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Seed Grant Bridges Gap Between Idea and NIH Grant

Ming-Sing Si, MD

The preliminary research data supported by a grant from the American Medical Association (AMA) Foundation Seed Grant Research Program were strong enough for Ming-Sing Si, MD, to apply for a National Institutes of Health (NIH) grant.

While doing his cardiac surgery training at the University of Michigan, Dr. Si found few options available to residents looking for research funding. He eventually learned about the AMA Foundation Seed Grant Research Program, applied for and received a seed grant in 2009.

“I support student research because these are the people who are going to be the future scientists who will advance medicine,” said John B. Neeld, Jr., MD, a top donor to the AMA Foundation Annual Fund, which supports the seed grant program.

The AMA Foundation established the Seed Grant Research Program to encourage medical students, physician residents and fellows to enter the research field. The program provides one-year grants of $2,500 to help students conduct small research projects.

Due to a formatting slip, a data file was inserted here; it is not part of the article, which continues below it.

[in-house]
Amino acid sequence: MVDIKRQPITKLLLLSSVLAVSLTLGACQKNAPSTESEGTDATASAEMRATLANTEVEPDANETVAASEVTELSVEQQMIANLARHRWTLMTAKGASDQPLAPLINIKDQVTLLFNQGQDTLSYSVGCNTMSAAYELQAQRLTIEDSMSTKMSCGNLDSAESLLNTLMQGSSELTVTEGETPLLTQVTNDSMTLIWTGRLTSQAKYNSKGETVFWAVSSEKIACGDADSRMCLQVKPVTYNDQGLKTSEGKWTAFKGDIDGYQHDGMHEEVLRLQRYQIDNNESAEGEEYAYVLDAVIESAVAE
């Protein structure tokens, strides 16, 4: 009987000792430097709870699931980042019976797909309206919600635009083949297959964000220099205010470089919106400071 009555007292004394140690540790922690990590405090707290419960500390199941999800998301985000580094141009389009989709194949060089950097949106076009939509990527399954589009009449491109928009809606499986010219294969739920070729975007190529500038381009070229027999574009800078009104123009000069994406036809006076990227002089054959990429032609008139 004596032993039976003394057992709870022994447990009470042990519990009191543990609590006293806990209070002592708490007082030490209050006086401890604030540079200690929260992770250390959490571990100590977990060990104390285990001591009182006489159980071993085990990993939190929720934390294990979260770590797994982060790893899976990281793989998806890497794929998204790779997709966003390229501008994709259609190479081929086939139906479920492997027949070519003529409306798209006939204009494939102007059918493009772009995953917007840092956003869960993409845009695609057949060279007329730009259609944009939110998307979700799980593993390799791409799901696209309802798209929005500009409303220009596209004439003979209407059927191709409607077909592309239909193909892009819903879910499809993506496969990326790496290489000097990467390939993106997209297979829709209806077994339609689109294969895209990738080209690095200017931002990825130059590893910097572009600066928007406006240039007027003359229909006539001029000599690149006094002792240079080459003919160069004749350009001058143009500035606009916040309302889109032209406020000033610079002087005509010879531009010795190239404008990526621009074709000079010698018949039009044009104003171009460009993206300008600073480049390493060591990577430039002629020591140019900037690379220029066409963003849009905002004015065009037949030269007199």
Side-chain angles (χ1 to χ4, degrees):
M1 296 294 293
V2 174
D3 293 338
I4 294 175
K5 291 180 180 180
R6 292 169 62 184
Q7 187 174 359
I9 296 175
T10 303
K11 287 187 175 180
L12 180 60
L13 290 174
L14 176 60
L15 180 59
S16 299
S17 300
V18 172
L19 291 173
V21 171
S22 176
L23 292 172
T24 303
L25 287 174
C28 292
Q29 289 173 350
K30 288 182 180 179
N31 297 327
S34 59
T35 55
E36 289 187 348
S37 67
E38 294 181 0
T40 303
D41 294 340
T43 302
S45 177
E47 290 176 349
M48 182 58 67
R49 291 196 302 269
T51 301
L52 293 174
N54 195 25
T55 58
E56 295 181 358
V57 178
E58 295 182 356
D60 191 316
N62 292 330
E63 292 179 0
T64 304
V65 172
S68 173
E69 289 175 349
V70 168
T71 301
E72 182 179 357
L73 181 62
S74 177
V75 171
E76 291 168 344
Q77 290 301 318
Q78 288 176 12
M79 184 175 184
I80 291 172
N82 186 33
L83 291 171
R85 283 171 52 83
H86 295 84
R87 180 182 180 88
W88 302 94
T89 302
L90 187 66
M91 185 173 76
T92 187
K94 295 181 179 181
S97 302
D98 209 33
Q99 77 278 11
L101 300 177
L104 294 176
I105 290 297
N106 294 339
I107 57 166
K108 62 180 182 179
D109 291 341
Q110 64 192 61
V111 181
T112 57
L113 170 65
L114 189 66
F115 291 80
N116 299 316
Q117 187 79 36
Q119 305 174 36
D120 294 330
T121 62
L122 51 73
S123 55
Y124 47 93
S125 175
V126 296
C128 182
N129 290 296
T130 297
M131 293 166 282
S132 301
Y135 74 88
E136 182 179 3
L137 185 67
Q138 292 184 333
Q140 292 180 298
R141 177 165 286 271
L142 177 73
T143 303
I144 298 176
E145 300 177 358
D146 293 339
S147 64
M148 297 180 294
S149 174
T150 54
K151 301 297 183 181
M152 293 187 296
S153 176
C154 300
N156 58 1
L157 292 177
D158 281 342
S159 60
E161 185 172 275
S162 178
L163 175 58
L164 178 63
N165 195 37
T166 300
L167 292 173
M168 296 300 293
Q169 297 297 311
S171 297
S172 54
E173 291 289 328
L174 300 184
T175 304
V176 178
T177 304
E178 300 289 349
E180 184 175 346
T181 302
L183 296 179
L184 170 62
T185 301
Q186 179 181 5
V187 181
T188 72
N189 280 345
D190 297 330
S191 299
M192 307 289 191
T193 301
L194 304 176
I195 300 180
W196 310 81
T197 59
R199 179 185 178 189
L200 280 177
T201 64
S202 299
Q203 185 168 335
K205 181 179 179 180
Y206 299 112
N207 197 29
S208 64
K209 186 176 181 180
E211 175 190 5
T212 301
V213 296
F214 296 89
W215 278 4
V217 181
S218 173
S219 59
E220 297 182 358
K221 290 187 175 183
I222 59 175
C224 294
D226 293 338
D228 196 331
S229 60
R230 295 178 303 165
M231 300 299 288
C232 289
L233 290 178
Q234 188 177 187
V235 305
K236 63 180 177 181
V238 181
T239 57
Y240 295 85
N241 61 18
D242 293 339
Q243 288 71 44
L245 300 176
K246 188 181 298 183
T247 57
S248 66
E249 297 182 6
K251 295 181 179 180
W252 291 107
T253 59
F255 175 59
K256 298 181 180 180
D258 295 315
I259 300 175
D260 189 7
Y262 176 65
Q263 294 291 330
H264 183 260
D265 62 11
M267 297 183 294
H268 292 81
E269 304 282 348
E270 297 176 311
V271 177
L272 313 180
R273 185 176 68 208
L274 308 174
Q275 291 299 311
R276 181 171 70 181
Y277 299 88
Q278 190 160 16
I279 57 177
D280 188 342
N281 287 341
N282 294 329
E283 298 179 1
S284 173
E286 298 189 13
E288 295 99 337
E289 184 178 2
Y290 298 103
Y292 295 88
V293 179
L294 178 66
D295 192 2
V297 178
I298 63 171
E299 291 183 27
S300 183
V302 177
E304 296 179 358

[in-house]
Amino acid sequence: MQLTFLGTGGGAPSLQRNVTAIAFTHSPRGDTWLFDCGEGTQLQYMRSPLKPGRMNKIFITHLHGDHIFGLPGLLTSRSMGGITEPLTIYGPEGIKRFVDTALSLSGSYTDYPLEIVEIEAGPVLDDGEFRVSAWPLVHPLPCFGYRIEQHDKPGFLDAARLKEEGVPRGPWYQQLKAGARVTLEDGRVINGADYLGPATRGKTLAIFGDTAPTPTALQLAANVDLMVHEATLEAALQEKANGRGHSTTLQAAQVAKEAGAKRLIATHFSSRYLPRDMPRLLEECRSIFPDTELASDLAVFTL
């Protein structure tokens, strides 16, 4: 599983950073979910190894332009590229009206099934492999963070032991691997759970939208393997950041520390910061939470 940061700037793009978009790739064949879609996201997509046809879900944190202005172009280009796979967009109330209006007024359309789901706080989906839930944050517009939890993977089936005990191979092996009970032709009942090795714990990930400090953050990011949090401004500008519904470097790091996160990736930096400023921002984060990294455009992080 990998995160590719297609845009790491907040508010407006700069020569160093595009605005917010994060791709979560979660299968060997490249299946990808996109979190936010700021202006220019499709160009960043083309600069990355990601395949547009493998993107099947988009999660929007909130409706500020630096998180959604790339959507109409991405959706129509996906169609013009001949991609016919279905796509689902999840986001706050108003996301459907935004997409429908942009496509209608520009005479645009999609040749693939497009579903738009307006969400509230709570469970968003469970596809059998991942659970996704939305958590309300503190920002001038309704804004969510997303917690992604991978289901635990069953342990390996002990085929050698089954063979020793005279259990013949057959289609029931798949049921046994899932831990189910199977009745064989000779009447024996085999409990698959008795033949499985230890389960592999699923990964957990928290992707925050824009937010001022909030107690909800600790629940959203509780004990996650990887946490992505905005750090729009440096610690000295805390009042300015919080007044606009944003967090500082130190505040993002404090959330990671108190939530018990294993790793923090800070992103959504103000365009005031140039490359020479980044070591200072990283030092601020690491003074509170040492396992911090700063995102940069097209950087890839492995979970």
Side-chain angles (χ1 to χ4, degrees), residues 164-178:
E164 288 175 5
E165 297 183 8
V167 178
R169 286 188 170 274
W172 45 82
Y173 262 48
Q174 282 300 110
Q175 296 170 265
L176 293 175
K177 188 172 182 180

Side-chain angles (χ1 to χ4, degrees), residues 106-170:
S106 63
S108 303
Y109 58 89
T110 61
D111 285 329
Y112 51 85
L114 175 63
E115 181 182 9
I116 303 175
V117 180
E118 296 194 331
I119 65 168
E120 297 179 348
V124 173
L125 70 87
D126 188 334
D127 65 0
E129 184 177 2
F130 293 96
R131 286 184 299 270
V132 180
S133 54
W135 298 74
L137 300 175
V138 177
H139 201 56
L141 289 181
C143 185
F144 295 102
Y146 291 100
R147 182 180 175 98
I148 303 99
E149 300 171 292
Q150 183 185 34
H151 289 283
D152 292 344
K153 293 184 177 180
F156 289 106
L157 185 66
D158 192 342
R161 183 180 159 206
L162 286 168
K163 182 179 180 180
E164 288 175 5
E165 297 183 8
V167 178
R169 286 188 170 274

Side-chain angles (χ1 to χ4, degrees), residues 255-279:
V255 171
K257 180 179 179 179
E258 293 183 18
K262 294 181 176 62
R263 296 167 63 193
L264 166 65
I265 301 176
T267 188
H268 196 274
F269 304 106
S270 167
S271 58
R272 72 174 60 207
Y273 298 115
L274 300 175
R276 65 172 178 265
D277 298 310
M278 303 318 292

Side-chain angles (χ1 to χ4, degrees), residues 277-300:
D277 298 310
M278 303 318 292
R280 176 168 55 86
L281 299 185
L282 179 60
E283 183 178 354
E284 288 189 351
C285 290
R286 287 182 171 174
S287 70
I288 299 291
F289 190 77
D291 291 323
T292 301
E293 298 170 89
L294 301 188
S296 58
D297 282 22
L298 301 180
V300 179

“Most of the research costs were covered by the grant. Plus, it certainly took a lot of the stress out of procuring funding,” explained Dr. Si, who thanked the donors to the AMA Foundation who made his grant possible. 

Dr. Si used his grant to supplement his research on self-organized cardiac tissue with stem cells isolated from thymus tissue discarded during pediatric cardiac surgery. He found that thymus stem cells dramatically increased the force of cardiac muscle fibers as opposed to muscle fibers made from heart cells alone.

Children and babies with congenital heart disease are expected to benefit from the use of this type of tissue. Congenital heart disease is the most common type of birth defect. Annually, more than 35,000 babies are born with congenital heart defects in the United States.

A promising strategy to help with this condition is to grow additional contractile cells to assist the failing heart, or even grow a bioartificial pumping device that can be implanted into the patient.

Dr. Si is researching the mechanisms by which this muscular force is improved. “Instead of improving force, I can make a pump to improve pressure generation,” Dr. Si explained.